North Korea Gives Nuclear Threat To The US

North Korea Gives Nuclear Threat To The US
OpenClipart-Vectors / Pixabay

The growing hostility between North Korea and the U.S. has just been cranked up another notch. The director of North Korea’s Atomic Energy Institute said they are “fully prepared to respond with nuclear weapons at any time,” reports the state-run Korean Central News Agency, according to CNN.

North Korea threatens nuclear attack

The Korean news agency also reports that North Korean officials said they will respond with a nuclear attack if the U.S. and “other hostile forces” continue their “reckless hostile policy.” Further, they said Pyongyang has been building up its arsenal of nuclear weapons “in quality and quantity.”

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The extent of North Korea’s nuclear capabilities isn’t clear right now, as officials claim they made a small enough device to put a nuclear warhead on a missile. However, officials in the U.S. don’t believe this claim.

Pyongyang’s saber rattling

North Korea is known for issuing headline-grabbing statements and has repeatedly made threats to use its nuclear weapons on the U.S. previously. However, experts debate about whether Pyongyang will be bold enough to attack the mainland of the U.S.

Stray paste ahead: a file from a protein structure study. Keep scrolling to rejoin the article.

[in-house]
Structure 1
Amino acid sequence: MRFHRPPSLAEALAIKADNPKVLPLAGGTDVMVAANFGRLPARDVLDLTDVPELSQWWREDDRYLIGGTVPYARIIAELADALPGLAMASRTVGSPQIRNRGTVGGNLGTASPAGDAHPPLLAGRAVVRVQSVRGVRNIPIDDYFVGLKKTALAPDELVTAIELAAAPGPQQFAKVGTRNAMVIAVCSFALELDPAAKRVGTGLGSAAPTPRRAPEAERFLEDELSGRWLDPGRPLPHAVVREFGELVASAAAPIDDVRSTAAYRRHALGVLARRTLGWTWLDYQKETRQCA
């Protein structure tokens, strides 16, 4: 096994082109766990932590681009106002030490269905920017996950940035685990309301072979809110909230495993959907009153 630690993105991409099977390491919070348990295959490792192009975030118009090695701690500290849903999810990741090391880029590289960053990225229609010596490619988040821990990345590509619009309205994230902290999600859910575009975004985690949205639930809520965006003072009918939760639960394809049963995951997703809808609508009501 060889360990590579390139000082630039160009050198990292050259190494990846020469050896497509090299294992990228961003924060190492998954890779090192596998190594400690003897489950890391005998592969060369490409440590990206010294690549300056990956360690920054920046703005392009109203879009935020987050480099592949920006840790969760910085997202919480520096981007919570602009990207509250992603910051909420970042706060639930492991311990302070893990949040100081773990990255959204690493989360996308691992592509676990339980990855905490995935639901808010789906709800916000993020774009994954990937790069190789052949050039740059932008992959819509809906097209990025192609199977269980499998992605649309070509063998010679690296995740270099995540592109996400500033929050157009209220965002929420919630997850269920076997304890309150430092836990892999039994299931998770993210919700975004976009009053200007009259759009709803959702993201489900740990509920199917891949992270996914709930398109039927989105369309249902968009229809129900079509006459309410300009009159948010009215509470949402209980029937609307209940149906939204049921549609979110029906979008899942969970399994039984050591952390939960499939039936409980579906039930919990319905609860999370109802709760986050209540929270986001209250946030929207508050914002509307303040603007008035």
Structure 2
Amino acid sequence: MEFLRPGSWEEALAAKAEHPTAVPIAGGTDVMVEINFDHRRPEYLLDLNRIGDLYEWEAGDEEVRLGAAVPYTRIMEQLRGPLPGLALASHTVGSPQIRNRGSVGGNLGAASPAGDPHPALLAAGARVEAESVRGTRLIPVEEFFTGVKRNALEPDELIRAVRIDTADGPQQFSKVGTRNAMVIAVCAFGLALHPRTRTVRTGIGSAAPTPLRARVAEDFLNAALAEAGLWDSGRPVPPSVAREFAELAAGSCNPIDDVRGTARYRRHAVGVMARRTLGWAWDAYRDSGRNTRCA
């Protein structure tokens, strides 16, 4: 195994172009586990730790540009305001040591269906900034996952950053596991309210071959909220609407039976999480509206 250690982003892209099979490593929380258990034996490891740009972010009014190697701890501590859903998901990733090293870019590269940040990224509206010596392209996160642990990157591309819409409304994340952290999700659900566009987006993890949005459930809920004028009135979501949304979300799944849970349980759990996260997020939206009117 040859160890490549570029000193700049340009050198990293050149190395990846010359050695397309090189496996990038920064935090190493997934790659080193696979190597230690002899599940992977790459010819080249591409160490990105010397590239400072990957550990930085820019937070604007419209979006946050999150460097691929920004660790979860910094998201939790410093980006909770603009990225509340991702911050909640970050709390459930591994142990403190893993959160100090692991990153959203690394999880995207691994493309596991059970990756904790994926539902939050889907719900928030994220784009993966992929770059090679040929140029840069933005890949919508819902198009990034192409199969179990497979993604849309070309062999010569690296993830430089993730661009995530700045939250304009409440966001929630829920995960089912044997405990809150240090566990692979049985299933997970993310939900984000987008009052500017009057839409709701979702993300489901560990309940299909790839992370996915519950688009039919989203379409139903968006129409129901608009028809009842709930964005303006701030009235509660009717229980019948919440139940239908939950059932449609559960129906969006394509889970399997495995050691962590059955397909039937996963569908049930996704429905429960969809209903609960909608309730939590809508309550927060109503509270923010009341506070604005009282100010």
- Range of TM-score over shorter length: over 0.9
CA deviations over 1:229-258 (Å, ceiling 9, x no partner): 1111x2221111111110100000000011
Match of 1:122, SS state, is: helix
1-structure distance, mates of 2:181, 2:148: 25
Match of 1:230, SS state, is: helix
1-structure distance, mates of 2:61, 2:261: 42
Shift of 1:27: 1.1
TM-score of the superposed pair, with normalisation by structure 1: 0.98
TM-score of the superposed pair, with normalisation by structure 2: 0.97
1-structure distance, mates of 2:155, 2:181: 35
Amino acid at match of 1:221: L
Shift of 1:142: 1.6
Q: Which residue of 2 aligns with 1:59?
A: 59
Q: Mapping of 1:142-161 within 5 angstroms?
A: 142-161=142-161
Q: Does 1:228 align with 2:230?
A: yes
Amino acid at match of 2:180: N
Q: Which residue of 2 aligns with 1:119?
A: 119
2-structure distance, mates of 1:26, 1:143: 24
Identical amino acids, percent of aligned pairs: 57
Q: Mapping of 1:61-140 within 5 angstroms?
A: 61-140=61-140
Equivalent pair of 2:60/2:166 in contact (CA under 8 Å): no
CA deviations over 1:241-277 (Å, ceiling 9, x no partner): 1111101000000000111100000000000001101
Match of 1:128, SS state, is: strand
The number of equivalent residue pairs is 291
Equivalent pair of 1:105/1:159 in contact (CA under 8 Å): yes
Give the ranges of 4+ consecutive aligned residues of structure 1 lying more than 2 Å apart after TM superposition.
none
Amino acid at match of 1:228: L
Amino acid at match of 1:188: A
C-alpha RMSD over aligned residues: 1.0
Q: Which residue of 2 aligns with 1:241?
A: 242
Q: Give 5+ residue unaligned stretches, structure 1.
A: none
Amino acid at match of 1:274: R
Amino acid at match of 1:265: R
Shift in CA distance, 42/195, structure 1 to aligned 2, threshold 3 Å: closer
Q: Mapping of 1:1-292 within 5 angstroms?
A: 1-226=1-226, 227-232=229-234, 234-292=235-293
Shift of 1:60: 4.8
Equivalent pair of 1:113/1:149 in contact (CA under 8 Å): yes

North Korea said on Monday that it plans to launch more satellites in October, which is seen as a way to test ballistic missiles. The U.N. Security Council prohibits these types of launches. Pyongyang also said again today that its nuclear weapons are self-defense measures because of the “hostile policy” of the U.S. and its allies.

Protecting against North Korea

Mark Lippert, the U.S. ambassador to South Korea, said the U.S. has been working with North Korea’s neighbors, like South Korea and its other allies in the region, to ensure that they and the mainland of the U.S. are protected from potential nuclear aggression by North Korea. Lippert said they’ve moved a lot of missile defense systems to Asia, making his comments before North Korea issued its latest saber rattling statement.

According to Lippert, the U.S. has deployed ground-based interceptors to Alaska, an additional radar system in Japan, a THAAD battery to Guam, and surface defense systems to the Western Pacific region. THAAD is short for Terminal High Altitude Area Defense and is essentially a defense system with ballistic missiles.

North Korea ramps up nuclear capabilities

Pyongyang also said today that it has brought its nuclear complex in Yongbyon online as it builds up its nuclear capabilities. North Korea started planning to reopen the site more than two years ago. It had been closed in 2007, according to the BBC. The site is key to the country’s nuclear weapons program because the reactor has provided the plutonium for the program.

U.S. intelligence officials said in February that they thought North Korea made good on its promise to do it, although some experts questioned over the summer whether the nuclear reactor at Yongbyon is running on full power. If the facility is running at full power, experts think the reactor there could make enough plutonium for one bomb per year. According to Pyongyang, the nuclear reactor is running at full power.

Experts think North Korea has enough nuclear material to make about 12 bombs.

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